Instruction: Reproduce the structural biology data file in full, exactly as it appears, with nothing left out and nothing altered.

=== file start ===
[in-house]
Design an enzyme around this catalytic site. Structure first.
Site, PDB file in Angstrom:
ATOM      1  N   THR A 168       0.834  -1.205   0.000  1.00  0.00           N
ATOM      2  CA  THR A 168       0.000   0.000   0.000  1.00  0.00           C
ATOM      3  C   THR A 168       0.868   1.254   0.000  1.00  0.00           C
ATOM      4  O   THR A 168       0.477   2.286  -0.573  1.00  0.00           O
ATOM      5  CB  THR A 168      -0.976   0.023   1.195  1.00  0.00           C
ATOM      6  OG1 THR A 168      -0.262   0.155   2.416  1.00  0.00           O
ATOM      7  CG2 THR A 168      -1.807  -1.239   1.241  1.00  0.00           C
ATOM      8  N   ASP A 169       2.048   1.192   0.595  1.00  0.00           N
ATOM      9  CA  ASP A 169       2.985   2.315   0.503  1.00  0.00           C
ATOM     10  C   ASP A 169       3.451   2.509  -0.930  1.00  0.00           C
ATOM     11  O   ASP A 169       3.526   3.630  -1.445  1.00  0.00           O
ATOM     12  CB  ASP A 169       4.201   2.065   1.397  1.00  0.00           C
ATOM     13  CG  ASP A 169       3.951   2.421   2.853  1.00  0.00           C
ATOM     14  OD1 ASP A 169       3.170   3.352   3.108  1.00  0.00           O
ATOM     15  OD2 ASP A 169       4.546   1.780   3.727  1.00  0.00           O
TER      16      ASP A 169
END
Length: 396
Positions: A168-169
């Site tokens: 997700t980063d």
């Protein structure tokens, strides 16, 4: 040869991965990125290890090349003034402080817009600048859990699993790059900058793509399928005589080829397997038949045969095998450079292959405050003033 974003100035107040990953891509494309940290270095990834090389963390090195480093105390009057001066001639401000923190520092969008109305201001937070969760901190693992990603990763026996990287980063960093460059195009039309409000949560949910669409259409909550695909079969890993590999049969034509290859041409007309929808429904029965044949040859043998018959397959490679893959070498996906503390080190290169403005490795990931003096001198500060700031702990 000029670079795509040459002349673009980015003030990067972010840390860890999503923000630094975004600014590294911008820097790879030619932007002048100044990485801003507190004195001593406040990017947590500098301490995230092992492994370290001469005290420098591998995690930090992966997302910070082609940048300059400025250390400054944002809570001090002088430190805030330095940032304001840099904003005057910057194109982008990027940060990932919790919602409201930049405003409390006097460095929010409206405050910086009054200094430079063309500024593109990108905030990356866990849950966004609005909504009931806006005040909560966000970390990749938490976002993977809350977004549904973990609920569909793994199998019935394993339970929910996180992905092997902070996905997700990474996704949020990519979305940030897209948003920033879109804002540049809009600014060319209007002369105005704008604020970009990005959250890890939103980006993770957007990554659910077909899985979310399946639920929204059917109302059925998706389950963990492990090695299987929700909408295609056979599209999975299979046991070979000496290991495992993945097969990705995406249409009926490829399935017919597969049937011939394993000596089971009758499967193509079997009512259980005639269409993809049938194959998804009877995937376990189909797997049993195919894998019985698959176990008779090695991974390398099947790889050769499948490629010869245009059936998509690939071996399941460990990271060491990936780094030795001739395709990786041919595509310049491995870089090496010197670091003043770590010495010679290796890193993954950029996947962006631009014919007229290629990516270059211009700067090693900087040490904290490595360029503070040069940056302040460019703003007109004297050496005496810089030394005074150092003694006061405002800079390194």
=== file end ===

[in-house]
Design an enzyme around this catalytic site. Structure first.
Site, PDB file in Angstrom:
ATOM      1  N   THR A 168       0.834  -1.205   0.000  1.00  0.00           N
ATOM      2  CA  THR A 168       0.000   0.000   0.000  1.00  0.00           C
ATOM      3  C   THR A 168       0.868   1.254   0.000  1.00  0.00           C
ATOM      4  O   THR A 168       0.477   2.286  -0.573  1.00  0.00           O
ATOM      5  CB  THR A 168      -0.976   0.023   1.195  1.00  0.00           C
ATOM      6  OG1 THR A 168      -0.262   0.155   2.416  1.00  0.00           O
ATOM      7  CG2 THR A 168      -1.807  -1.239   1.241  1.00  0.00           C
ATOM      8  N   ASP A 169       2.048   1.192   0.595  1.00  0.00           N
ATOM      9  CA  ASP A 169       2.985   2.315   0.503  1.00  0.00           C
ATOM     10  C   ASP A 169       3.451   2.509  -0.930  1.00  0.00           C
ATOM     11  O   ASP A 169       3.526   3.630  -1.445  1.00  0.00           O
ATOM     12  CB  ASP A 169       4.201   2.065   1.397  1.00  0.00           C
ATOM     13  CG  ASP A 169       3.951   2.421   2.853  1.00  0.00           C
ATOM     14  OD1 ASP A 169       3.170   3.352   3.108  1.00  0.00           O
ATOM     15  OD2 ASP A 169       4.546   1.780   3.727  1.00  0.00           O
TER      16      ASP A 169
END
Length: 396
Positions: A168-169
């Site tokens: 997700t980063d």
């Protein structure tokens, strides 16, 4: 040869991965990125290890090349003034402080817009600048859990699993790059900058793509399928005589080829397997038949045969095998450079292959405050003033 974003100035107040990953891509494309940290270095990834090389963390090195480093105390009057001066001639401000923190520092969008109305201001937070969760901190693992990603990763026996990287980063960093460059195009039309409000949560949910669409259409909550695909079969890993590999049969034509290859041409007309929808429904029965044949040859043998018959397959490679893959070498996906503390080190290169403005490795990931003096001198500060700031702990 000029670079795509040459002349673009980015003030990067972010840390860890999503923000630094975004600014590294911008820097790879030619932007002048100044990485801003507190004195001593406040990017947590500098301490995230092992492994370290001469005290420098591998995690930090992966997302910070082609940048300059400025250390400054944002809570001090002088430190805030330095940032304001840099904003005057910057194109982008990027940060990932919790919602409201930049405003409390006097460095929010409206405050910086009054200094430079063309500024593109990108905030990356866990849950966004609005909504009931806006005040909560966000970390990749938490976002993977809350977004549904973990609920569909793994199998019935394993339970929910996180992905092997902070996905997700990474996704949020990519979305940030897209948003920033879109804002540049809009600014060319209007002369105005704008604020970009990005959250890890939103980006993770957007990554659910077909899985979310399946639920929204059917109302059925998706389950963990492990090695299987929700909408295609056979599209999975299979046991070979000496290991495992993945097969990705995406249409009926490829399935017919597969049937011939394993000596089971009758499967193509079997009512259980005639269409993809049938194959998804009877995937376990189909797997049993195919894998019985698959176990008779090695991974390398099947790889050769499948490629010869245009059936998509690939071996399941460990990271060491990936780094030795001739395709990786041919595509310049491995870089090496010197670091003043770590010495010679290796890193993954950029996947962006631009014919007229290629990516270059211009700067090693900087040490904290490595360029503070040069940056302040460019703003007109004297050496005496810089030394005074150092003694006061405002800079390194």